Outside the boxing ring In street clothes, Miguel Angel “Mikey” Garcia looks non-threatening as he prepares for the biggest fight of his boxing career. Inside the boxing ring, he looks very threatening. Garcia will put aside his good nature on January 28 when he will challenge for the World Boxing Council (WBC) lightweight championship.
The fight will be held at the MGM Grand, Las Vegas, pitting Garcia against undefeated reigning champion Dejan Zlaticanin of Montenegro. It will be part of a co-main event televised by Showtime that also features Leo Santa Cruz from Los Angeles challenging Scotland’s Carl Frampton for the WBC bantamweight championship. Garcia’s purse has not been announced but he is expected to earn considerably more than the reported $350,000 he received for his last fight.
Garcia, 29, carries himself much larger than his actual size of 5’7″ and 135 pounds. His size and long reach have led him to a 35-0 record including 29 by knockout. He downplays the idea that a win against the rugged champion will include him on an exclusive list with former WBC lightweight champs like Julio Caesar Chavez, Roberto Duran, Floyd Mayweather, Alexis Arguello, and Manny Paquiao. Before his recent 18 month layoff due to contract problems, Garcia held the World Boxing Organization championship in the featherweight and super featherweight divisions. Although Garcia appreciates all world championships equally, the WBC championship is considered a marquee crown.
“I don’t think about stuff like which championship is better and who once owned them,” said Garcia over the phone from his training camp in Riverside. “It’s about the boxer and not about the name of the title. All championships are good. Lot’s of greats have held titles. It’s not about being great. It’s about the people I get to reach out to.”
This will be Garcia’s only second fight in three years. He was kept out of action until his lawsuit against Top Rank Promotions was determined. Garcia’s settlement finally got him free from a binding contract. The case was based on the Muhammad Ali Boxing Reform Act designed to protect boxers from unethical business practices. Garcia has remained active in movements to protect boxers from a long history of abuse.
Garcia did not pick an easy opponent to re-establish himself. The 32-year-old Zlaticanin owns a 22-0 record with 15 knockouts. Because of his powerful left-handed stance, unorthodox style and decent defense, Zlaticanin has a hard time finding challengers. Thus far, Zlaticanin and Garcia have stayed away from the typical pre-fight trash talk. Zlaticanin has simply told reporters that he will knockout Garcia. Either way it is doubtful the fight will go the 12-round distance.
By viewing the 5-foot-4 Zlaticanin’s past fights, it shows that he keeps the same style. He comes out fast, moves straight forward, and throws primarily left-handed punches from every angle. He does have a capable right-hand and seems willing to throw either in an illegal fashion. Garcia said he doesn’t watch film of his opponents. “All I know is that he’s an undefeated world champion who is at a high right now.” He feels the key to victory is: “Being patient and technical.” Garcia says he is a defensive fighter by nature.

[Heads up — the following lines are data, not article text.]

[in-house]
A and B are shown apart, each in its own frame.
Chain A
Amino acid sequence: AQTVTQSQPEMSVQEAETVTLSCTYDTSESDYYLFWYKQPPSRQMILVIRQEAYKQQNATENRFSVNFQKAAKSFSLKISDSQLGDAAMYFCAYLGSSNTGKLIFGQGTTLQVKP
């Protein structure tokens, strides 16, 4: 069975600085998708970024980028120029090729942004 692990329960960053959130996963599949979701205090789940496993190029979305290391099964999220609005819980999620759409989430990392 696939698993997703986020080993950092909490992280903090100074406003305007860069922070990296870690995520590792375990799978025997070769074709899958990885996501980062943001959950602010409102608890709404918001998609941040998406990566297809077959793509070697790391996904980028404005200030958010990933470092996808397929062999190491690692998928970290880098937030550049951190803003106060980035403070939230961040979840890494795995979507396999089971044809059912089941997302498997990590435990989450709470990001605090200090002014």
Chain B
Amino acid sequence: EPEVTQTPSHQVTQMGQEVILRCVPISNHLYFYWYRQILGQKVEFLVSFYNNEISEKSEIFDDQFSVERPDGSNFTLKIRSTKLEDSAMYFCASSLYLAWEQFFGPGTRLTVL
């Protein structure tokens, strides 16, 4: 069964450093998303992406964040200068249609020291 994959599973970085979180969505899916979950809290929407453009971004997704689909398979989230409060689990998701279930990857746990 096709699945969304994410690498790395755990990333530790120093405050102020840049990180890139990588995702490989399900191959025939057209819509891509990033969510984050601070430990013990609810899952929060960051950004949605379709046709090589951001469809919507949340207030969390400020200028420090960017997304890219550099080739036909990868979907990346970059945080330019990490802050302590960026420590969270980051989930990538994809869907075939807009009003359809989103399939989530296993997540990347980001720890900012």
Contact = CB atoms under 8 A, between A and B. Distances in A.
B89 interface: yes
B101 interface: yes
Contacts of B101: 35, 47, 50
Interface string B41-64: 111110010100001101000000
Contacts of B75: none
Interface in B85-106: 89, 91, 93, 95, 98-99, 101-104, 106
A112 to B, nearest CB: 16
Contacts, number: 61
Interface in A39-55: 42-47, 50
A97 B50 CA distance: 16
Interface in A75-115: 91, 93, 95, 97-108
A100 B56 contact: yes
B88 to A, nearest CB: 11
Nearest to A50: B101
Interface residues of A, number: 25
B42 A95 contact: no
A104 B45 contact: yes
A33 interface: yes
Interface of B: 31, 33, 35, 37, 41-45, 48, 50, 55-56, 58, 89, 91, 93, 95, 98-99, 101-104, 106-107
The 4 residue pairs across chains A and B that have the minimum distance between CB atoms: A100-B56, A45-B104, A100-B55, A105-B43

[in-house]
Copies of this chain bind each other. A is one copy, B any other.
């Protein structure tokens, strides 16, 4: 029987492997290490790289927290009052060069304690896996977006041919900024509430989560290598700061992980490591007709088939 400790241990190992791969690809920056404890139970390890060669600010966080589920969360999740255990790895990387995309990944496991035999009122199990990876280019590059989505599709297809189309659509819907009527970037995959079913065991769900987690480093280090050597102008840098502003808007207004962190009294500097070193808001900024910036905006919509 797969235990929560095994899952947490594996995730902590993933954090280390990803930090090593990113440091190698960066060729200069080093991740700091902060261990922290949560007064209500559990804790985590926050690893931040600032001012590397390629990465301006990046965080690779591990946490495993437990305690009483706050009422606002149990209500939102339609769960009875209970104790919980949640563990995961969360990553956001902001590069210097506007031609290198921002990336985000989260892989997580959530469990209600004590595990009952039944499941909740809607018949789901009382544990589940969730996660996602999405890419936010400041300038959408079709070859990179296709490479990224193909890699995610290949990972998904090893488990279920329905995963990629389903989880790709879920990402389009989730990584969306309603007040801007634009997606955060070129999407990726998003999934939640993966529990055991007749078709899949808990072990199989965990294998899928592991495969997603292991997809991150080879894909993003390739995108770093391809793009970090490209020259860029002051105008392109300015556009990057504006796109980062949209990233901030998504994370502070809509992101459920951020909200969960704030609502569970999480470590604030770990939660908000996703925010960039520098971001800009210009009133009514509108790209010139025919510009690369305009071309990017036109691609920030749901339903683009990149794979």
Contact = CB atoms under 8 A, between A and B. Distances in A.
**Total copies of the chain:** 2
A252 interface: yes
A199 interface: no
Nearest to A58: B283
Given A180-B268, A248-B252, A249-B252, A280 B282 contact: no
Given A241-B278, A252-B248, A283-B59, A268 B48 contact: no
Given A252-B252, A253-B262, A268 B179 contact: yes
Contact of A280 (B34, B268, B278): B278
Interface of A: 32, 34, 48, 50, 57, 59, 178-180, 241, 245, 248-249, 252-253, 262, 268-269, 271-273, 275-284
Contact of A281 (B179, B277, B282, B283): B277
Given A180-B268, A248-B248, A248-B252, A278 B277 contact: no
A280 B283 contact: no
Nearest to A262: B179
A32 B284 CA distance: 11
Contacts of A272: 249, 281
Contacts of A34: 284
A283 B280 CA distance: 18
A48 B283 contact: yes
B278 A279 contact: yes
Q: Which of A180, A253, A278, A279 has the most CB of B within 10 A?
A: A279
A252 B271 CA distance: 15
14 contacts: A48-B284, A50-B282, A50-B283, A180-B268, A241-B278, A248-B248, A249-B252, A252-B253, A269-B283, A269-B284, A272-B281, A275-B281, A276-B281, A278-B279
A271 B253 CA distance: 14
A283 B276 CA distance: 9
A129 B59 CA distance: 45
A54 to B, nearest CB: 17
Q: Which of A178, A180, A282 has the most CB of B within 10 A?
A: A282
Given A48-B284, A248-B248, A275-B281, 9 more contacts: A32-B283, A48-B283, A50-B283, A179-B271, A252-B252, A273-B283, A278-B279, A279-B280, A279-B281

Garcia claims to be taking nothing for granted. “I’m in much better shape than I was for my last fight. I’m ready in case he changes his strategy,” said Garcia. “I want him to change because it will allow me to try new things.” He explained that his father and brother formulate a game plan. “It’s my job to follow the plan and take care of business. If plan A doesn’t work. We have plan B and plan C.” His father, Eduardo has trained a number of world champs, among them Mikey’s older brother, Robert.
Mikey Garcia says as usual, he lives at his training camp in the months before a fight and visits his wife and children on weekends. The Garcia’s live in their new home in Moreno Valley. He and his wife, Fatima grew up in Oxnard. His Team Garcia includes his nephew, Robert Garcia, Jr., his cook, Frank Silva, and “camp guru” Rafael Lopez. He described training sessions as a mix of long, early morning runs, swimming laps, and sparring 12 rounds. Garcia weighed 145 in early January but says he is on schedule to easily make the required 135 pound limit.
In addition to trying for a world title, Garcia will be attempting to become only the fourth boxer from the Inland Empire to win such a major championship. Paul Banke from Menifee last did it in 1990 when he held the WBC super bantamweight title. Corona native Manuel Ortiz owned the WBC bantamweight belt from 1947-50, and Albert “Chalky” Wright from Colton was the featherweight champ in 1941-42.
Garcia realizes that dealing with the media is part of his job. He is punctual to the minute and treats small blog sites the same as big city dailies. “It’s nothing new. I like being accessible but I really don’t think of myself as anyone special. Once in a while people come up and wish me luck, but so far, I just walk around like anyone else.” He said that during a fight he can recognize the voices of his friends at ringside. He did say being recognized as a champion is more important than anything. Garcia thinks it’s not always the most skilled athlete who becomes a world champion. “You must have discipline dedication, determination. Of course, you must have skill. More important you must have the hunger to succeed and a fire that burns within.”